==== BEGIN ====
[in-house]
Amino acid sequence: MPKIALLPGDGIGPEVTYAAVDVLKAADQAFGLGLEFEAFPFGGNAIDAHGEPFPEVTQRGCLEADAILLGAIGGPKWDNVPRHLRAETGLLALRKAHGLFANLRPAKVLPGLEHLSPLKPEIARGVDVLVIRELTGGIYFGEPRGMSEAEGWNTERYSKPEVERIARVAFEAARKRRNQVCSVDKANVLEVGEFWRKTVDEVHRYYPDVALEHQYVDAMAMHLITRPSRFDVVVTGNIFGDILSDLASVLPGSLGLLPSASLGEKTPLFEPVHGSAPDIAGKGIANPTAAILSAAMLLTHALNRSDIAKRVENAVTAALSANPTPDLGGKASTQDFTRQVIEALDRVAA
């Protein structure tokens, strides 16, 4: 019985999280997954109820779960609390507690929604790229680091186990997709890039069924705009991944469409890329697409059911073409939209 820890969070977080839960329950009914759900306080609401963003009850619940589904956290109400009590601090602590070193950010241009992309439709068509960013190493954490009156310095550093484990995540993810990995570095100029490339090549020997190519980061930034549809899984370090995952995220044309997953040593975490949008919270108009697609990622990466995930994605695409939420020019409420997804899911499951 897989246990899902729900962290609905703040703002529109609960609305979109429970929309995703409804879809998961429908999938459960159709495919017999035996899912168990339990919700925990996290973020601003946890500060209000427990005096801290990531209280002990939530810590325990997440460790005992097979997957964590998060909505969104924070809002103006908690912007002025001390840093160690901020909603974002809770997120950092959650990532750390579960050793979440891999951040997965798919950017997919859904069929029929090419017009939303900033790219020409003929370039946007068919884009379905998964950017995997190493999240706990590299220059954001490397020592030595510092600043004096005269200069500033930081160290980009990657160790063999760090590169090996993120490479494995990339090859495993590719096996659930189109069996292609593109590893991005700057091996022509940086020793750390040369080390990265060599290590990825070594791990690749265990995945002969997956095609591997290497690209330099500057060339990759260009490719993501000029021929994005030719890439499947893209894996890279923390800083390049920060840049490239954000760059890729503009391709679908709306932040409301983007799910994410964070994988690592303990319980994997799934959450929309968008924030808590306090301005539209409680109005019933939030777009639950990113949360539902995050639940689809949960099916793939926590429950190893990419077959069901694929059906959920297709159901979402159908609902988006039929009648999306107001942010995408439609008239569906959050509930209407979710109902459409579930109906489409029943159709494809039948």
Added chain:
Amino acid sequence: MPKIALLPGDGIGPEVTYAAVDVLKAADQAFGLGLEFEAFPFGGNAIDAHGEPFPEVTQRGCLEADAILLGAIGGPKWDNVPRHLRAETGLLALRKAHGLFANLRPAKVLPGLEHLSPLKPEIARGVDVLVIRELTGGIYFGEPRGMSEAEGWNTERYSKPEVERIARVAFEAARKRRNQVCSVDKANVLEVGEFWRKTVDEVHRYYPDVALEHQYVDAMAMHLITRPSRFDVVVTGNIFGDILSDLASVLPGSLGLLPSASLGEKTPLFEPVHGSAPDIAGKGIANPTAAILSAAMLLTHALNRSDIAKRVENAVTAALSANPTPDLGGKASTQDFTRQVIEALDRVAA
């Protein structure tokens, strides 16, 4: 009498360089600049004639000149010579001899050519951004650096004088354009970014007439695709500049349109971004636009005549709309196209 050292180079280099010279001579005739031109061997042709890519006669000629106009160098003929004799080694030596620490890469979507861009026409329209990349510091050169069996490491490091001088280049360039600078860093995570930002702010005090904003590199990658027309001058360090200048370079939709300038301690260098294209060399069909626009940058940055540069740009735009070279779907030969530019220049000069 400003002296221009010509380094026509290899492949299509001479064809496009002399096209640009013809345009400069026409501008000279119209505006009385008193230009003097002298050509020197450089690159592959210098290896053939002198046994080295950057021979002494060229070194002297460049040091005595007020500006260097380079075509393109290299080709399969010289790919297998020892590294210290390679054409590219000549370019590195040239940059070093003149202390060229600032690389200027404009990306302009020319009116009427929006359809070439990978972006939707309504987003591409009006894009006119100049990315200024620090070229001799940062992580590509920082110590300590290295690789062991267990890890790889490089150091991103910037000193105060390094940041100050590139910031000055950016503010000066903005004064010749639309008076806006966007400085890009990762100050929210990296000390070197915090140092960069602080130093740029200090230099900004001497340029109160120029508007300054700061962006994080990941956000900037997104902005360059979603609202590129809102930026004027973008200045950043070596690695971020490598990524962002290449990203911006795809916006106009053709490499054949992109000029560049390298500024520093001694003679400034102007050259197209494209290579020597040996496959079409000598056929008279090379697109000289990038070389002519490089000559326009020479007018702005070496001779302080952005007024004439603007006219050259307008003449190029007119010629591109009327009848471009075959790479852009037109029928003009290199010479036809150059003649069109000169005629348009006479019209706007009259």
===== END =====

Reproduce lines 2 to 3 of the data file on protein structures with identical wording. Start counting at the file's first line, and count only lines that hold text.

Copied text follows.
Amino acid sequence: MPKIALLPGDGIGPEVTYAAVDVLKAADQAFGLGLEFEAFPFGGNAIDAHGEPFPEVTQRGCLEADAILLGAIGGPKWDNVPRHLRAETGLLALRKAHGLFANLRPAKVLPGLEHLSPLKPEIARGVDVLVIRELTGGIYFGEPRGMSEAEGWNTERYSKPEVERIARVAFEAARKRRNQVCSVDKANVLEVGEFWRKTVDEVHRYYPDVALEHQYVDAMAMHLITRPSRFDVVVTGNIFGDILSDLASVLPGSLGLLPSASLGEKTPLFEPVHGSAPDIAGKGIANPTAAILSAAMLLTHALNRSDIAKRVENAVTAALSANPTPDLGGKASTQDFTRQVIEALDRVAA
């Protein structure tokens, strides 16, 4: 019985999280997954109820779960609390507690929604790229680091186990997709890039069924705009991944469409890329697409059911073409939209 820890969070977080839960329950009914759900306080609401963003009850619940589904956290109400009590601090602590070193950010241009992309439709068509960013190493954490009156310095550093484990995540993810990995570095100029490339090549020997190519980061930034549809899984370090995952995220044309997953040593975490949008919270108009697609990622990466995930994605695409939420020019409420997804899911499951 897989246990899902729900962290609905703040703002529109609960609305979109429970929309995703409804879809998961429908999938459960159709495919017999035996899912168990339990919700925990996290973020601003946890500060209000427990005096801290990531209280002990939530810590325990997440460790005992097979997957964590998060909505969104924070809002103006908690912007002025001390840093160690901020909603974002809770997120950092959650990532750390579960050793979440891999951040997965798919950017997919859904069929029929090419017009939303900033790219020409003929370039946007068919884009379905998964950017995997190493999240706990590299220059954001490397020592030595510092600043004096005269200069500033930081160290980009990657160790063999760090590169090996993120490479494995990339090859495993590719096996659930189109069996292609593109590893991005700057091996022509940086020793750390040369080390990265060599290590990825070594791990690749265990995945002969997956095609591997290497690209330099500057060339990759260009490719993501000029021929994005030719890439499947893209894996890279923390800083390049920060840049490239954000760059890729503009391709679908709306932040409301983007799910994410964070994988690592303990319980994997799934959450929309968008924030808590306090301005539209409680109005019933939030777009639950990113949360539902995050639940689809949960099916793939926590429950190893990419077959069901694929059906959920297709159901979402159908609902988006039929009648999306107001942010995408439609008239569906959050509930209407979710109902459409579930109906489409029943159709494809039948």